In addition to his considerable talents as a chazan, having performed with the Israeli Philharmonic, the Jerusalem Symphony, the Romanian State Philharmonic and countless other prominent orchestras, Schulhoff was recalled fondly by his peers for his humanity.
“Moshe was not only an outstanding vocal talent; he was a mensch, a Ben Torah, and a warm and giving human being,” said Rogosnitzky.. “Many of the young chazzanim today owe their knowledge and success to his tutelage and guidance. He will forever remain in our hearts, and his contribution to the world of chazanus is immeasurable.”
Cantor Netanel Hershtik of The Hampton Synagogue recalled Schulhoff as “an exceptional cantor, one of the most important and celebrated in our generation,” and credits Schulhoff for motivating him to pursue his own career in chazanus.
“I knew him since my childhood when he was occasionally invited to spend a Shabbat meal with us,” said Hershtik.  “He was always a very warm and friendly man who always had a good joke or a nice comment about my singing, which is not typical behavior for colleagues.  In one of those Shabbat table experience, I remember vividly how after we finished zemirot, he singled me out in front of everyone and told me that I had a very special voice and that I should develop it and become a cantor.  At that time I was maybe 20 or 21 and had no plans of becoming a cantor.  He was the first ‘major league’ cantor to identify my talent and encourage me to develop a career in chazanut.”
“In my first year as a chazan, I remember how gracious and eager he was to teach and talk about anything and everything, despite our difference in age and stage,” added Chazan Yanky Lemmer.  “I even stayed in his house when I had work in Florida.”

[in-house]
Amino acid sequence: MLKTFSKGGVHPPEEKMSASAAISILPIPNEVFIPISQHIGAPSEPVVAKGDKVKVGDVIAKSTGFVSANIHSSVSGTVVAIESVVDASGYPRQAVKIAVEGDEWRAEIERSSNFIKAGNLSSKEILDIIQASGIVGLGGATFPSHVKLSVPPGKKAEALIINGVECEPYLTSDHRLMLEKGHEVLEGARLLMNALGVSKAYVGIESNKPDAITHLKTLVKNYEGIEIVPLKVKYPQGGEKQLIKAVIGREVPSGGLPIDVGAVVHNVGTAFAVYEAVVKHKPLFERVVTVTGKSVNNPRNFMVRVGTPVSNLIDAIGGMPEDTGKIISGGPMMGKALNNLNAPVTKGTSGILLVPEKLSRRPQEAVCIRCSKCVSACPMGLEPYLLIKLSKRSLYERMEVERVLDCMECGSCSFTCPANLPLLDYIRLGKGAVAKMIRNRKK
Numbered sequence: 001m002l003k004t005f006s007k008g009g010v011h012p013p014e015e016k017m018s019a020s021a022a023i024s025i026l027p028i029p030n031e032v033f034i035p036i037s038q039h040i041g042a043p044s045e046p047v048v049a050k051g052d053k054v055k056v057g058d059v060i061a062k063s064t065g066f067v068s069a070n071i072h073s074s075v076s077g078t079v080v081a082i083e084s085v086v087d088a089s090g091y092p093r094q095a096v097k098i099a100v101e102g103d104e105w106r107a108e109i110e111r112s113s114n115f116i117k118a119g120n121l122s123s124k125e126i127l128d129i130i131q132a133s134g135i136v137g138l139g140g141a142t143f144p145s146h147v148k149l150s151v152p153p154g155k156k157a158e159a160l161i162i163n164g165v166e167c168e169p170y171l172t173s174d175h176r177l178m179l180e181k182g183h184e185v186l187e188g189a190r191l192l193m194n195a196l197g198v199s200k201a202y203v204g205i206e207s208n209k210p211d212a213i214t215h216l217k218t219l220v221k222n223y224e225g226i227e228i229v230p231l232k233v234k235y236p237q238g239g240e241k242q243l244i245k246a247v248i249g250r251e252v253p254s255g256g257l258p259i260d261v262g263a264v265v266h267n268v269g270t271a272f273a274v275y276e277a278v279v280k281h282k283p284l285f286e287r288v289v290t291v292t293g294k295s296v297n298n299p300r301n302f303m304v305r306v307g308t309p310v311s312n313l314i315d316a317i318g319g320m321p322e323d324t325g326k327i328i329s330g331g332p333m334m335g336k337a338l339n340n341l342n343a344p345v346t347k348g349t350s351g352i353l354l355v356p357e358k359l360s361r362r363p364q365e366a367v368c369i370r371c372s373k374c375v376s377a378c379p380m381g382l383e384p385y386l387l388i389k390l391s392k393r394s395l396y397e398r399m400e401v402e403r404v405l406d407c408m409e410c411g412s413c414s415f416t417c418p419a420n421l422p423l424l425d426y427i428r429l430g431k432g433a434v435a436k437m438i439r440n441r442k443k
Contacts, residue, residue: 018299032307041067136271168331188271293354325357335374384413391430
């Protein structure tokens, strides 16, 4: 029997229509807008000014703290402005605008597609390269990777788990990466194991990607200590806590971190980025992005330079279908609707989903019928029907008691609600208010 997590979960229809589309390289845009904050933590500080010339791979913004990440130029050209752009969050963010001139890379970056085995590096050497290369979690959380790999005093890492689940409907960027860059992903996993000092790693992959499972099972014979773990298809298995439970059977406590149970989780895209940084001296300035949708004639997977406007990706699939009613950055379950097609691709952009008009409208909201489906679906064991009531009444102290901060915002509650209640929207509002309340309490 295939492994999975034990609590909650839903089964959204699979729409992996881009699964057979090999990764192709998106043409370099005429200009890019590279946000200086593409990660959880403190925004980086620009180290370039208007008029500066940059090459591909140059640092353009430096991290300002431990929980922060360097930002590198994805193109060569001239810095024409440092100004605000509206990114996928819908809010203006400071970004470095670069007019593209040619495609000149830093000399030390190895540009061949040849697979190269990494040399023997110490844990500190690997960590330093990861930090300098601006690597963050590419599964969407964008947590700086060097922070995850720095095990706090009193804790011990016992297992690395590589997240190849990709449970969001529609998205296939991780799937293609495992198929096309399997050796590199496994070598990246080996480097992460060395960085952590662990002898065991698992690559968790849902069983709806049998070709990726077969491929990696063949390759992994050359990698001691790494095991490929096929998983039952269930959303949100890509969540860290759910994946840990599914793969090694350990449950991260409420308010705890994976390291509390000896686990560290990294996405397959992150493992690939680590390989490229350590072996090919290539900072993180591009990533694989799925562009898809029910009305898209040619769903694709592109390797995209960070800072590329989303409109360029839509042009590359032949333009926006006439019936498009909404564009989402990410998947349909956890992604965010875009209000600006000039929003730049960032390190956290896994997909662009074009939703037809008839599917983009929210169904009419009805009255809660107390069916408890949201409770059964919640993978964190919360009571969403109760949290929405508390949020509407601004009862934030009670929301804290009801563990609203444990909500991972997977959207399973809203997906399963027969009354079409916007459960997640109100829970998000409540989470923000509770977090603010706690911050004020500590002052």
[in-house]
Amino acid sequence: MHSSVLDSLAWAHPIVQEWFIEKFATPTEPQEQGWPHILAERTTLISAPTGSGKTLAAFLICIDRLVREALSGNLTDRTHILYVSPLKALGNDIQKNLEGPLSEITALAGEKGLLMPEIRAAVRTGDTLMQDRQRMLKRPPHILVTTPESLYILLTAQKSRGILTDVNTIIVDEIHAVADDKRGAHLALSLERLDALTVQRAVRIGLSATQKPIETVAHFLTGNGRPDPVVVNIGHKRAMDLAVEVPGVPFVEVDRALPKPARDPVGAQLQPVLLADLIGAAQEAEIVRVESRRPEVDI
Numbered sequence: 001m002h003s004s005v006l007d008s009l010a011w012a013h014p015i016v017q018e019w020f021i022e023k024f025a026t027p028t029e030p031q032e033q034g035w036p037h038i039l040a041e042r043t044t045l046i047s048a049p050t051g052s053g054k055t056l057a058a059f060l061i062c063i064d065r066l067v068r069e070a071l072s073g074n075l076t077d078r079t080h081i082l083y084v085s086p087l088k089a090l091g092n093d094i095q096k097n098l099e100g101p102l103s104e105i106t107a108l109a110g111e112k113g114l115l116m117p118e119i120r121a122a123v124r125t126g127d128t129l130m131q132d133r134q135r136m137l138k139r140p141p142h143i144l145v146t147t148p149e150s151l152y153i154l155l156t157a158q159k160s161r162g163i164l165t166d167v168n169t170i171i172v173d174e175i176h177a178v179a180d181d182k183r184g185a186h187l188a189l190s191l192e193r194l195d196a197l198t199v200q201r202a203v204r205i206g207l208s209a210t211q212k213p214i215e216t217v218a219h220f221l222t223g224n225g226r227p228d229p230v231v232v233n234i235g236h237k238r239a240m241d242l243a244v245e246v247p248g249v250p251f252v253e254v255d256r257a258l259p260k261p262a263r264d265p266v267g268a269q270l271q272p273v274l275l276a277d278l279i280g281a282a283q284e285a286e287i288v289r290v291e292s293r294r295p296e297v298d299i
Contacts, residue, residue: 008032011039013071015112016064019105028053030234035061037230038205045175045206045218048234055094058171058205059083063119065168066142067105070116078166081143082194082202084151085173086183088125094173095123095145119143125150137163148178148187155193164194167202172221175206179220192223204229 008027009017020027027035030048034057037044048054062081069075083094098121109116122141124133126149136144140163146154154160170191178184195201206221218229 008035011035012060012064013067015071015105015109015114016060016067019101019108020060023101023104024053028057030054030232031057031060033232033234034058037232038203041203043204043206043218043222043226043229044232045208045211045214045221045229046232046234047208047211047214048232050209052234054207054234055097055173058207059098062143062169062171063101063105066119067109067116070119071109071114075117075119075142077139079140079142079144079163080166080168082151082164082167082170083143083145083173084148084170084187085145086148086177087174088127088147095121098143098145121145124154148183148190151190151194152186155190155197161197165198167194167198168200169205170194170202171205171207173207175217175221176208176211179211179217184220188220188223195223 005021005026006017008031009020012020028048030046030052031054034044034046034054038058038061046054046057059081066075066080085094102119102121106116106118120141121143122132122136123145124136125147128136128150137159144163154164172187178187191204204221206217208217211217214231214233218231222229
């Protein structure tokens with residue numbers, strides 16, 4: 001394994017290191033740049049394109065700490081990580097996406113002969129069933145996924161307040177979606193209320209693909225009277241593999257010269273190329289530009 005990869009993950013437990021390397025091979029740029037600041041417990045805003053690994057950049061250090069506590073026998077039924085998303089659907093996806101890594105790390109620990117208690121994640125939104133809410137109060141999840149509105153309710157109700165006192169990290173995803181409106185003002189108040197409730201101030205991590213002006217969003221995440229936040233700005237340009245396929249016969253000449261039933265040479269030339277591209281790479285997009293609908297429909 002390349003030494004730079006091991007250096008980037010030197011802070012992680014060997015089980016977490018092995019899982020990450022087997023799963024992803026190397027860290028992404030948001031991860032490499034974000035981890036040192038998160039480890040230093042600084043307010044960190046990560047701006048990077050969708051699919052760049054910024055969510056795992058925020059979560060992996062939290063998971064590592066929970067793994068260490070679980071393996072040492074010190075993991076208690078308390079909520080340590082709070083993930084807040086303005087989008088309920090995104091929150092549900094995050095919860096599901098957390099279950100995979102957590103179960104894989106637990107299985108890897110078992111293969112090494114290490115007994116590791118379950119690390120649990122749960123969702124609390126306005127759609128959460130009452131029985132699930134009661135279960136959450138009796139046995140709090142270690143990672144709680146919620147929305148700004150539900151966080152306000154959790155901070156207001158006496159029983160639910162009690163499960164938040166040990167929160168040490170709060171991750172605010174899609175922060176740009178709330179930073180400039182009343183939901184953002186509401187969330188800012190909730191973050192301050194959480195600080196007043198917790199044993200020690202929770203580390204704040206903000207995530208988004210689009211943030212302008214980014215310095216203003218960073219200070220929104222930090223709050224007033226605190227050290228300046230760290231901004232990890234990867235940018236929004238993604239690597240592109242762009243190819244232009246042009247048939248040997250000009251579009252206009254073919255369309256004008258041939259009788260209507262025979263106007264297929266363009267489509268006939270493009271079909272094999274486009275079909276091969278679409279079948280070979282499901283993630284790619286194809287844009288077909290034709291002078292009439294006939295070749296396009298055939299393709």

Schulhoff, who sang in seven languages, took part in a 1988 series of concerts organized by the American Society for the Advancement of Cantorial Art, where he brought Jewish music to the former Soviet Union, Romania and Poland, earning a gold medal and the designation of “Master Cantor” from the Society.  He has several albums to his credit and also sang in the Capitol Rotunda for members of the House and the Senate.  Schulhoff, who had a love of 18th and 19th century antiques, favored a traditional approach to chazanus and once said that he hoped to be most remembered for keeping the art of chazanus alive for the next generation.
Recalling the last time he shared the stage with Schulhoff, Hershtik said that despite his illness, Schulhoff’s performance was outstanding.
“It was a year ago in Toronto at the Toronto Center for the Arts at a concert called ‘The World’s Greatest Cantors in Concert’,” said Hershtik.  “He shone that night despite his illness and treatments. He stole the show and his rendition of Malavsky’s Av Harachamim that night was pointed out by many as the best piece performed that night. I was so happy for him. He really deserved to feel that kind of success. He did not give up, stood to the challenge and gave a memorable performances in one of the most important Cantorial concerts of late.”
In perhaps his last performance, Schulhoff performed at Congregation Anshe Sholom in New Rochelle, on March 10th, 2013.
“He was extremely weak yet amazingly strong at heart,” reported Lemmer who also sang at that event.  “He sang Rosenblatt’s Tal and added his own composition for the final two verses.  Those were sung with such gusto and emotion, wrought with feeling, as if he knew it would be his final mark.  To me, one of the most outstanding things about him was his diverse compositional powers.  From a haunting atonal Keil Molei at a concentration camp, to the most flourishing melodic structures, he mastered them all.”
Schulhoff’s levaya took place today in Borough Park, and among those in attendance were some of the most prominent cantors of our generation including Joseph Malovany, Yitzchak Meir Helfgot, Benzion Miller, Benny Rogosnitzky, Netanel Hershtik,  Yanky Lemmer and Daniel Gildar, followed by burial at Wellwood Cemetery on Long Island.

Friday, June 21, 2013

Rabbi Stav tells off Arye Deri "I won't take criticism from convicted criminals"

Candidate for the chief rabbinate Rabbi David Stav said on Thursday that while he respected Rabbi Ovadiah Yosef he would not take criticism from convicted criminals.
Stav made the remark, seemingly a reference to the past conviction for bribery of Shas chairman Arye Deri, at the President’s Conference during a live conversation with veteran reporter Ilana Dayan.